As I wait in the cheerful queue to vote for our new government, dogs and kids around, listening to a mum explaining pretty well the main parties and what they stand for to her kid, we were offered a muffin by a boy from the school for a $ or so as a fundraiser for the school.
That’s Election Day here.
In Australia voting is obligatory and the vast majority turn out. How much people research and care I don’t know, but everyone I speak to knows who they are voting for and why. There are very different levels of understanding, passion and committed but … they are voting.
The local candidates and party supporters are out, handing out leaflets and spruiking their party. There’s a Greenie beside the Socialist Alliance beside the Hunters & Shooters guy.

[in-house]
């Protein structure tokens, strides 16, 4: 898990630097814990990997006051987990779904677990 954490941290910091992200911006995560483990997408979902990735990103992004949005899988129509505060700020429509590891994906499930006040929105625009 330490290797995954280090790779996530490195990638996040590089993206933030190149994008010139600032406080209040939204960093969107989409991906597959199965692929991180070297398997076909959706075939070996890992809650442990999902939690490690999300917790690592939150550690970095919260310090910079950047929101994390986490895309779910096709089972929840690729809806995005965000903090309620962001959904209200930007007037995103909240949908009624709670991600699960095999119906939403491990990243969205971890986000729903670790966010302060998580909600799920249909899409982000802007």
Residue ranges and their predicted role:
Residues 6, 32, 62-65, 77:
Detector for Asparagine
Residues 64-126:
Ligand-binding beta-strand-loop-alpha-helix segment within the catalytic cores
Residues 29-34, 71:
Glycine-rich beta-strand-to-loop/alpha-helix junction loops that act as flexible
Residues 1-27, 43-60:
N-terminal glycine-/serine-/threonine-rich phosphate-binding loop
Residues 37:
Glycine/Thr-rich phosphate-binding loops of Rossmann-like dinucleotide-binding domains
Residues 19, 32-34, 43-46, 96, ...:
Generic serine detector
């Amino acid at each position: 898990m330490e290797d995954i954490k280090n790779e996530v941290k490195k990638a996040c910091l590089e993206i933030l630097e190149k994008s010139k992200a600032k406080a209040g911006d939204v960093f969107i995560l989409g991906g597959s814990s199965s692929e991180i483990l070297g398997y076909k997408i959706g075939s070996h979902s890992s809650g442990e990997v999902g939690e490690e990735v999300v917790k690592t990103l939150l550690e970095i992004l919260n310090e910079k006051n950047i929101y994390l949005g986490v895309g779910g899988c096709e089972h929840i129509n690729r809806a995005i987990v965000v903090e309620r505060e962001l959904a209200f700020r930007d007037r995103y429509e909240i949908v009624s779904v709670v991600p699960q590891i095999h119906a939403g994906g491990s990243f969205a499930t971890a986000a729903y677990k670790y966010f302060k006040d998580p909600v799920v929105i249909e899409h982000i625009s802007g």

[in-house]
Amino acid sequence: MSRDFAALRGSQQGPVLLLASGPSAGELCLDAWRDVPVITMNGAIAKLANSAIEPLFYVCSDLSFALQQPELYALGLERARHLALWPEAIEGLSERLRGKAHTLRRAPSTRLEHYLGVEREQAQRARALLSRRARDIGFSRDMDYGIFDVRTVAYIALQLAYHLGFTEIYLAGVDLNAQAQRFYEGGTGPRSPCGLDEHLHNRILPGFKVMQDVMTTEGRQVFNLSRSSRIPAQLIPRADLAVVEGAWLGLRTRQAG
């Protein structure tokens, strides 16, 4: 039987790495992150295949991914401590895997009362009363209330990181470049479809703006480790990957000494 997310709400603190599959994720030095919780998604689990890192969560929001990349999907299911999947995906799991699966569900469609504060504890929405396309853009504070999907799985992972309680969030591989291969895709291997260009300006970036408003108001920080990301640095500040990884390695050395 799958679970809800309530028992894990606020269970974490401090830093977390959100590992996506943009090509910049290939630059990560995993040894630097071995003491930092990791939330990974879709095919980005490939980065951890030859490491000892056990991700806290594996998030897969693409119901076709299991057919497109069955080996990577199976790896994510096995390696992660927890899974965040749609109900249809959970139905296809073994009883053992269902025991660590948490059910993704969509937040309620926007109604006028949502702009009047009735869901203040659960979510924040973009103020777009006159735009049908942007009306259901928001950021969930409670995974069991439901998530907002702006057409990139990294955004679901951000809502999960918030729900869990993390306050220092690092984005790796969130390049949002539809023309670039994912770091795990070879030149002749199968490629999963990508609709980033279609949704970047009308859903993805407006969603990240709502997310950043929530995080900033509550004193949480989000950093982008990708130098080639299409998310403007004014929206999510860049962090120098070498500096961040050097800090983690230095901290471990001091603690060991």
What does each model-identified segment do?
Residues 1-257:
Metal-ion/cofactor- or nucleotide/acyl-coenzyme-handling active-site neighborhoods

In the UK, voting is optional, and it always felt like a bit of a chore. Here, and I’m aware I live in a socially aware and politically active area, it feels like democracy in real life, in action.
As I left the school, I passed the party faithfuls at the gate, I think a Labour guy, a Greens and a Nationals guy. They were chatting about Chris Hemsworthy and how he’d tried to convince Americans to eat Vegemite, debating his methodology and apparent lack of success. Totally different political views, one citizenship.
Who will win I don’t know. I care, deeply, as I think this election is a pivotal moment for Australia in terms of social responsibility and climate change policy. However, I’ll accept the result as the majority wishes of the population of Australia. That’s democracy.